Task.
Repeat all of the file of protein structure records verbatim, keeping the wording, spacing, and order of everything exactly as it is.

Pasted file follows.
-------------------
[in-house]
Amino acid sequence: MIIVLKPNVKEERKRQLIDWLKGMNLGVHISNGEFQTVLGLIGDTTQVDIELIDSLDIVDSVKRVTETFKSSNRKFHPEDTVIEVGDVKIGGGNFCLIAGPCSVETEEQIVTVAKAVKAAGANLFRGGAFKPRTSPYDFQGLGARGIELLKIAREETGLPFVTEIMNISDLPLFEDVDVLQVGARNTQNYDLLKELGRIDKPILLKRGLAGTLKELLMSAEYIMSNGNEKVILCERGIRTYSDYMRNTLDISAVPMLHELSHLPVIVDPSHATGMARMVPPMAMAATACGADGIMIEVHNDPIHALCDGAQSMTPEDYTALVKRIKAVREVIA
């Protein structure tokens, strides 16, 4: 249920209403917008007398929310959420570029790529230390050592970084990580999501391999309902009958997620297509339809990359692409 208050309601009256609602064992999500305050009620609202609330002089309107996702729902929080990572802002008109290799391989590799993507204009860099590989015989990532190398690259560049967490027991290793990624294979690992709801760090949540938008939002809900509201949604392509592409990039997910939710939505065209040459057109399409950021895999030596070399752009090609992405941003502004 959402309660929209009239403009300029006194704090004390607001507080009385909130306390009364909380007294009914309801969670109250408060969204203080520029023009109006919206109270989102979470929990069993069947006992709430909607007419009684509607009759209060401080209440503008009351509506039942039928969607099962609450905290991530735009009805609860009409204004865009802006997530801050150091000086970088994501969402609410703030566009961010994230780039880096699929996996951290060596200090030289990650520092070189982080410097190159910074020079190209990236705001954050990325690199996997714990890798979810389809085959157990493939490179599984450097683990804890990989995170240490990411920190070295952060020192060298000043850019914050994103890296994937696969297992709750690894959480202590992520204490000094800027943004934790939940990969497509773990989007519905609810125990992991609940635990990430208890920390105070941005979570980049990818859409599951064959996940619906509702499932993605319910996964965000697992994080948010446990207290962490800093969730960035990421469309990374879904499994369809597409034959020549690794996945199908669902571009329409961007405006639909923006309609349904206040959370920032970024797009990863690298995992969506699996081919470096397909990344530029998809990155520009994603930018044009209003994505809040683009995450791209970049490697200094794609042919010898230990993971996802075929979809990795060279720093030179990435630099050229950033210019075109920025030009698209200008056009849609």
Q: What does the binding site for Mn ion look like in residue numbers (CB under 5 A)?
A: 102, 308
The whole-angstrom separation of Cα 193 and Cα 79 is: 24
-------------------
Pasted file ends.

[in-house]
Amino acid sequence: MIIVLKPNVKEERKRQLIDWLKGMNLGVHISNGEFQTVLGLIGDTTQVDIELIDSLDIVDSVKRVTETFKSSNRKFHPEDTVIEVGDVKIGGGNFCLIAGPCSVETEEQIVTVAKAVKAAGANLFRGGAFKPRTSPYDFQGLGARGIELLKIAREETGLPFVTEIMNISDLPLFEDVDVLQVGARNTQNYDLLKELGRIDKPILLKRGLAGTLKELLMSAEYIMSNGNEKVILCERGIRTYSDYMRNTLDISAVPMLHELSHLPVIVDPSHATGMARMVPPMAMAATACGADGIMIEVHNDPIHALCDGAQSMTPEDYTALVKRIKAVREVIA
């Protein structure tokens, strides 16, 4: 249920209403917008007398929310959420570029790529230390050592970084990580999501391999309902009958997620297509339809990359692409 208050309601009256609602064992999500305050009620609202609330002089309107996702729902929080990572802002008109290799391989590799993507204009860099590989015989990532190398690259560049967490027991290793990624294979690992709801760090949540938008939002809900509201949604392509592409990039997910939710939505065209040459057109399409950021895999030596070399752009090609992405941003502004 959402309660929209009239403009300029006194704090004390607001507080009385909130306390009364909380007294009914309801969670109250408060969204203080520029023009109006919206109270989102979470929990069993069947006992709430909607007419009684509607009759209060401080209440503008009351509506039942039928969607099962609450905290991530735009009805609860009409204004865009802006997530801050150091000086970088994501969402609410703030566009961010994230780039880096699929996996951290060596200090030289990650520092070189982080410097190159910074020079190209990236705001954050990325690199996997714990890798979810389809085959157990493939490179599984450097683990804890990989995170240490990411920190070295952060020192060298000043850019914050994103890296994937696969297992709750690894959480202590992520204490000094800027943004934790939940990969497509773990989007519905609810125990992991609940635990990430208890920390105070941005979570980049990818859409599951064959996940619906509702499932993605319910996964965000697992994080948010446990207290962490800093969730960035990421469309990374879904499994369809597409034959020549690794996945199908669902571009329409961007405006639909923006309609349904206040959370920032970024797009990863690298995992969506699996081919470096397909990344530029998809990155520009994603930018044009209003994505809040683009995450791209970049490697200094794609042919010898230990993971996802075929979809990795060279720093030179990435630099050229950033210019075109920025030009698209200008056009849609």
Q: What does the binding site for Mn ion look like in residue numbers (CB under 5 A)?
A: 102, 308
The whole-angstrom separation of Cα 193 and Cα 79 is: 24